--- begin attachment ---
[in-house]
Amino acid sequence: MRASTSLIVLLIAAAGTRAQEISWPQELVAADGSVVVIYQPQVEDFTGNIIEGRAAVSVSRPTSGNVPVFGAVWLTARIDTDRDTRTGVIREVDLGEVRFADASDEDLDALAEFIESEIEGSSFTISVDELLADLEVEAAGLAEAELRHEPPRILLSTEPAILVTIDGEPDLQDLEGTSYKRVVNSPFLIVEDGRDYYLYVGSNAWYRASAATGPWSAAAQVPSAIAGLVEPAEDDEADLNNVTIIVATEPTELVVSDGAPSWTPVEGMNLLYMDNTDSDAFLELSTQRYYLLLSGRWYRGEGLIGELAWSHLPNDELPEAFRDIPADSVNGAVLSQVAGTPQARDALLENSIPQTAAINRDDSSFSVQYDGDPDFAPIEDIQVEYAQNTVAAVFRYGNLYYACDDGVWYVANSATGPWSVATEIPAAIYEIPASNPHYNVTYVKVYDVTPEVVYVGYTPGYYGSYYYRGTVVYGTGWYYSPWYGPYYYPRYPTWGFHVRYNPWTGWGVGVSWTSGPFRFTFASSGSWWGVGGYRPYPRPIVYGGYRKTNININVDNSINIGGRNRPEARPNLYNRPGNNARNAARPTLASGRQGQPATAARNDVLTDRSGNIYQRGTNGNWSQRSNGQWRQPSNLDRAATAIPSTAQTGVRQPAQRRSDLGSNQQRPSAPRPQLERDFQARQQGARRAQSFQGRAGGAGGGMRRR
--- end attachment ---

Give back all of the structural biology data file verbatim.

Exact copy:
[in-house]
Amino acid sequence: MRASTSLIVLLIAAAGTRAQEISWPQELVAADGSVVVIYQPQVEDFTGNIIEGRAAVSVSRPTSGNVPVFGAVWLTARIDTDRDTRTGVIREVDLGEVRFADASDEDLDALAEFIESEIEGSSFTISVDELLADLEVEAAGLAEAELRHEPPRILLSTEPAILVTIDGEPDLQDLEGTSYKRVVNSPFLIVEDGRDYYLYVGSNAWYRASAATGPWSAAAQVPSAIAGLVEPAEDDEADLNNVTIIVATEPTELVVSDGAPSWTPVEGMNLLYMDNTDSDAFLELSTQRYYLLLSGRWYRGEGLIGELAWSHLPNDELPEAFRDIPADSVNGAVLSQVAGTPQARDALLENSIPQTAAINRDDSSFSVQYDGDPDFAPIEDIQVEYAQNTVAAVFRYGNLYYACDDGVWYVANSATGPWSVATEIPAAIYEIPASNPHYNVTYVKVYDVTPEVVYVGYTPGYYGSYYYRGTVVYGTGWYYSPWYGPYYYPRYPTWGFHVRYNPWTGWGVGVSWTSGPFRFTFASSGSWWGVGGYRPYPRPIVYGGYRKTNININVDNSINIGGRNRPEARPNLYNRPGNNARNAARPTLASGRQGQPATAARNDVLTDRSGNIYQRGTNGNWSQRSNGQWRQPSNLDRAATAIPSTAQTGVRQPAQRRSDLGSNQQRPSAPRPQLERDFQARQQGARRAQSFQGRAGGAGGGMRRR